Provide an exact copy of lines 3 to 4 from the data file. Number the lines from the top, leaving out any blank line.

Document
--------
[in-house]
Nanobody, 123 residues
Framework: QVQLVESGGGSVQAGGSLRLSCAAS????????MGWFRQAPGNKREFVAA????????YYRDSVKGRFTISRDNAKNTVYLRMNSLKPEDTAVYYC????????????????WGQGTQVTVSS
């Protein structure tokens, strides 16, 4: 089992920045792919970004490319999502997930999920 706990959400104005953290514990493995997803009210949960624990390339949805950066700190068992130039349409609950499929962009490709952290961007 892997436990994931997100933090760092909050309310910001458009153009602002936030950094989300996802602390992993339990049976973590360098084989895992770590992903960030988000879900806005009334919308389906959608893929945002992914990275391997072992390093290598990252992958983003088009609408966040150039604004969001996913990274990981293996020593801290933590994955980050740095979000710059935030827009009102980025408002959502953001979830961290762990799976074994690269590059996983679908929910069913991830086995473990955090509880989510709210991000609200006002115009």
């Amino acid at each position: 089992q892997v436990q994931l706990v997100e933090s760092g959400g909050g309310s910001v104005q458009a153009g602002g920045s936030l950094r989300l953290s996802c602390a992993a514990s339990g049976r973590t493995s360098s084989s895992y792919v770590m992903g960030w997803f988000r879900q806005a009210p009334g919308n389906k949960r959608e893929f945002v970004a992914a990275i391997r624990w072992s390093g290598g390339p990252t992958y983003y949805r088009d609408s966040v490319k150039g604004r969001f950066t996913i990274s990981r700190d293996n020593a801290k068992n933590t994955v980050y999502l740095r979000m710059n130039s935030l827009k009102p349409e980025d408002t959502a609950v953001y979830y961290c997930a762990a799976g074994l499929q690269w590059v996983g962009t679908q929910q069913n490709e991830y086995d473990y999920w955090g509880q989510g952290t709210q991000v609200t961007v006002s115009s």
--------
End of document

Framework: QVQLVESGGGSVQAGGSLRLSCAAS????????MGWFRQAPGNKREFVAA????????YYRDSVKGRFTISRDNAKNTVYLRMNSLKPEDTAVYYC????????????????WGQGTQVTVSS
């Protein structure tokens, strides 16, 4: 089992920045792919970004490319999502997930999920 706990959400104005953290514990493995997803009210949960624990390339949805950066700190068992130039349409609950499929962009490709952290961007 892997436990994931997100933090760092909050309310910001458009153009602002936030950094989300996802602390992993339990049976973590360098084989895992770590992903960030988000879900806005009334919308389906959608893929945002992914990275391997072992390093290598990252992958983003088009609408966040150039604004969001996913990274990981293996020593801290933590994955980050740095979000710059935030827009009102980025408002959502953001979830961290762990799976074994690269590059996983679908929910069913991830086995473990955090509880989510709210991000609200006002115009």